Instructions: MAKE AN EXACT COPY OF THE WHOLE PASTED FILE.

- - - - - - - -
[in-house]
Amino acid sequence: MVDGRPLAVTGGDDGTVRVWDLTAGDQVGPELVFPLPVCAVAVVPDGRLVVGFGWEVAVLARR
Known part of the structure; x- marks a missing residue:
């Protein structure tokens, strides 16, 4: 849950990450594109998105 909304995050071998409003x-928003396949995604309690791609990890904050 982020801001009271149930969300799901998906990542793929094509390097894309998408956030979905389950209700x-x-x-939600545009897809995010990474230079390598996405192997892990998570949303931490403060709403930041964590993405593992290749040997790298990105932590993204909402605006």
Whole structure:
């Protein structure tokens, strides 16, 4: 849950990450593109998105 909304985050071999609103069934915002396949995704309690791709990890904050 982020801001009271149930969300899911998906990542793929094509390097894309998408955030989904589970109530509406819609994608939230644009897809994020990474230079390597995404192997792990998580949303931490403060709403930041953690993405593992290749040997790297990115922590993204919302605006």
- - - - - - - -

[in-house]
Amino acid sequence: MVDGRPLAVTGGDDGTVRVWDLTAGDQVGPELVFPLPVCAVAVVPDGRLVVGFGWEVAVLARR
Known part of the structure; x- marks a missing residue:
């Protein structure tokens, strides 16, 4: 849950990450594109998105 909304995050071998409003x-928003396949995604309690791609990890904050 982020801001009271149930969300799901998906990542793929094509390097894309998408956030979905389950209700x-x-x-939600545009897809995010990474230079390598996405192997892990998570949303931490403060709403930041964590993405593992290749040997790298990105932590993204909402605006």
Whole structure:
């Protein structure tokens, strides 16, 4: 849950990450593109998105 909304985050071999609103069934915002396949995704309690791709990890904050 982020801001009271149930969300899911998906990542793929094509390097894309998408955030989904589970109530509406819609994608939230644009897809994020990474230079390597995404192997792990998580949303931490403060709403930041953690993405593992290749040997790297990115922590993204919302605006």